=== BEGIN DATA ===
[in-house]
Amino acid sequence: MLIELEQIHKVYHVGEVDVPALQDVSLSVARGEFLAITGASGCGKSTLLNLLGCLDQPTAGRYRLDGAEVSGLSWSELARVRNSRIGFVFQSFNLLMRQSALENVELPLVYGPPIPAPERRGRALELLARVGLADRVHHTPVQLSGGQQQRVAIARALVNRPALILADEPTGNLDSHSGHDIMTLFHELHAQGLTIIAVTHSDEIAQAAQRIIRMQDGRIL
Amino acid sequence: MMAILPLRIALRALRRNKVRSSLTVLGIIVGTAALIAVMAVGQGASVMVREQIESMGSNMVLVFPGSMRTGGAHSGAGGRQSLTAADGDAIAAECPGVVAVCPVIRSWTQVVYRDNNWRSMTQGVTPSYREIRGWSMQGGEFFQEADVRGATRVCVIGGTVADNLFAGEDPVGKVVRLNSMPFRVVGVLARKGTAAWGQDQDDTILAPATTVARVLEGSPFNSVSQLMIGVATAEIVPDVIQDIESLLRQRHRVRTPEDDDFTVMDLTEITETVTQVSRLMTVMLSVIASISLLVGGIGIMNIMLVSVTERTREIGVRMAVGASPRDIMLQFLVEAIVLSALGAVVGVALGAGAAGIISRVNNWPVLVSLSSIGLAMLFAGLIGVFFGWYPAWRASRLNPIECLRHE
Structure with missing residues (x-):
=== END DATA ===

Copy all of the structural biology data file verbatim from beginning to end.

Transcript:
[in-house]
Amino acid sequence: MLIELEQIHKVYHVGEVDVPALQDVSLSVARGEFLAITGASGCGKSTLLNLLGCLDQPTAGRYRLDGAEVSGLSWSELARVRNSRIGFVFQSFNLLMRQSALENVELPLVYGPPIPAPERRGRALELLARVGLADRVHHTPVQLSGGQQQRVAIARALVNRPALILADEPTGNLDSHSGHDIMTLFHELHAQGLTIIAVTHSDEIAQAAQRIIRMQDGRIL
Amino acid sequence: MMAILPLRIALRALRRNKVRSSLTVLGIIVGTAALIAVMAVGQGASVMVREQIESMGSNMVLVFPGSMRTGGAHSGAGGRQSLTAADGDAIAAECPGVVAVCPVIRSWTQVVYRDNNWRSMTQGVTPSYREIRGWSMQGGEFFQEADVRGATRVCVIGGTVADNLFAGEDPVGKVVRLNSMPFRVVGVLARKGTAAWGQDQDDTILAPATTVARVLEGSPFNSVSQLMIGVATAEIVPDVIQDIESLLRQRHRVRTPEDDDFTVMDLTEITETVTQVSRLMTVMLSVIASISLLVGGIGIMNIMLVSVTERTREIGVRMAVGASPRDIMLQFLVEAIVLSALGAVVGVALGAGAAGIISRVNNWPVLVSLSSIGLAMLFAGLIGVFFGWYPAWRASRLNPIECLRHE
Structure with missing residues (x-):